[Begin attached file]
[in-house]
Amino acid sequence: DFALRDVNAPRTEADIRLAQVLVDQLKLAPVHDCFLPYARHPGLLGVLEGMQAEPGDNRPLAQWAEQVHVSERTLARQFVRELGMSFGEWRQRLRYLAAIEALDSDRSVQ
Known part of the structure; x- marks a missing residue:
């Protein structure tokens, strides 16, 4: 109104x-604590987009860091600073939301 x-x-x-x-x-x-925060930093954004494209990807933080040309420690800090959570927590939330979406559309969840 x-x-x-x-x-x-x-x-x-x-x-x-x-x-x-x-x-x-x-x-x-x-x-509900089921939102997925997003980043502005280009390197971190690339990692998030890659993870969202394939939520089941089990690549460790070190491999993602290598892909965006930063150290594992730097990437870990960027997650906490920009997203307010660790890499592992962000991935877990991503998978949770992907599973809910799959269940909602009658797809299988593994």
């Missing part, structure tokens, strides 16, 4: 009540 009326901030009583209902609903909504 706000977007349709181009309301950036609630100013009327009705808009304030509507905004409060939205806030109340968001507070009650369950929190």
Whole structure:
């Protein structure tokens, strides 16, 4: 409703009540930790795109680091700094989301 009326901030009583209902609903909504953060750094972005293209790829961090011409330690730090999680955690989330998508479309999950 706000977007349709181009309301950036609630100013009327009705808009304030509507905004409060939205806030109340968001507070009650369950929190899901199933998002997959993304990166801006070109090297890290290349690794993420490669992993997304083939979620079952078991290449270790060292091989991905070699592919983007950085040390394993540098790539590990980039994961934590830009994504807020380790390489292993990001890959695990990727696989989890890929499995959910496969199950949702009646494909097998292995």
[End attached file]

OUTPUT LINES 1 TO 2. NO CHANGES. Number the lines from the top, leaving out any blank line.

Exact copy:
[in-house]
Amino acid sequence: DFALRDVNAPRTEADIRLAQVLVDQLKLAPVHDCFLPYARHPGLLGVLEGMQAEPGDNRPLAQWAEQVHVSERTLARQFVRELGMSFGEWRQRLRYLAAIEALDSDRSVQ